First, thanks to Charlie for the invite. Very stoked to be stopping by. It's been a whirlwind month of posts, celebrating the paperback release of my novel, God's War, in the UK (all three books, including Infidel and Rapture, are already out in the US). Very pleased to be finishing up my last two posts here at Charlie's place. Now, onto the good stuff. - kh
Stepping outside a bar in Durban, South Africa. It's hot; the kind of wet heat that clings to you so fiercely it feels like you're draped in a sweater. My friend points to a cloud of insects gathering under the street light, a humming swarm of winged visitors.
"Cockroaches," he says.
"But... they're flying."
"We have cockroaches that fly here," he says.
I stare back up at the swarm. Flying cockroaches, to me, were like something out of a bad dream, some loose worldbuilding tidbit that I'd come up with after a couple late nights trying to figure out how I could swap out giant cats for horses and put shapeshifters in a science fiction story without bothering to figure out where all the mass went.
Insects pervaded my entire life when I lived in Durban. I remember walking past a house covered from roof to foundation with plastic sheeting, getting pumped full of poison. The whole house, wrapped in a tarp and fumigated - just like that. No big deal. There were insects of every type, many of which I had no name for. I assumed, after a while, that every insect I encountered was just some kind of cockroach. I'd wake up in the morning and see one on my pillow. My books got tunneled through by wood boring beetles. A nest of... something... lived under my tub. Every time I ran the water they boiled out onto the bathroom floor. I called them baby cockroaches. It was just easier.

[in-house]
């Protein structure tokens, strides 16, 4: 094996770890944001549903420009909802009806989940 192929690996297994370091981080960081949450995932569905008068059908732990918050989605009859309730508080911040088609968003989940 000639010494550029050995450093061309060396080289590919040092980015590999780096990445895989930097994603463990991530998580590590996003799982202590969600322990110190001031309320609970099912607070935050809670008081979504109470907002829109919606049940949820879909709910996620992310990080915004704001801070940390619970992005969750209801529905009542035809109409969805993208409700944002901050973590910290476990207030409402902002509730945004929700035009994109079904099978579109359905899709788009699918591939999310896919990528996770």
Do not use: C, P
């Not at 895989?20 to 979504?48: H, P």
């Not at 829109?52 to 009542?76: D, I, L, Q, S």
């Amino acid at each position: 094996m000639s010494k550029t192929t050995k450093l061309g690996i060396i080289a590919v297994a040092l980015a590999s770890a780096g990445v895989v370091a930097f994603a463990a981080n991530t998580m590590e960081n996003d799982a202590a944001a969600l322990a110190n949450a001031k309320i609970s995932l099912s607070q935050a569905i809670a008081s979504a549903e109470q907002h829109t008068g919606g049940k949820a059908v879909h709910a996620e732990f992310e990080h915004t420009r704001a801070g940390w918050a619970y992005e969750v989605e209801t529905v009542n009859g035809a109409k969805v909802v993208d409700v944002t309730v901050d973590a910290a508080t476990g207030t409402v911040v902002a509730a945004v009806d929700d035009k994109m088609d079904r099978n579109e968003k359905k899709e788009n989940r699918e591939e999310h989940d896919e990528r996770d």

Those who've grown up in tropical or sub-tropical climates might find this level of friendly insect life mundane, but as someone who'd grown up in a temperate zone, the number insects trying to crowd me out of my everyday life was unsettling. It didn't help that the owners of the building I lived in were corrupt. The water was turned off several times when they didn't pay the bill, and in the year and a half I lived there, an exterminator only came by once.
I started to dream of bugs.
People ask all the time where writers' ideas come from, and of course the real answer is there's no one place. What we write about is pure filtered experiences - what we read, what we watch, and the lives we live - all shaken down a sluice and carefully panned for the choicest bits.
When I left Durban, the bugs came with me (perhaps not only metaphorically, but I try not to think about that). Sometimes when an idea takes hold of you, it insists on being seen through.
My preference for the fantastic in my fiction has always leaned more toward the unexplained - whether the work has spaceships or magic or some blurry combination of both. I don't need to know how everything works. In fact, I'd prefer not to. I want to figure that part out myself. I like to hold onto the sense of awe and wonder for as long as possible. Because once you pull back the curtain on the wizard and see it's just a plump little man spinning stories, it loses some of the fun.
So when I returned to the States and started looking at forms of magic I hadn't seen in fiction before - "magic" that I wanted to base in some kind of hazy, rule-based logic - I thought immediately of the insects. I started doing research, and found interesting instances of hornets used to sniff out explosives (and drugs, and all manner of other things). My setting featured a long, grueling war of attrition on a world with few large mammals and certain limitations on hard metals, and using insects to sniff out explosives instead of dogs seemed like a very useful potential tool. Now I just needed to figure out what sorts of people trained them. And what else they could train or manipulate insects to do.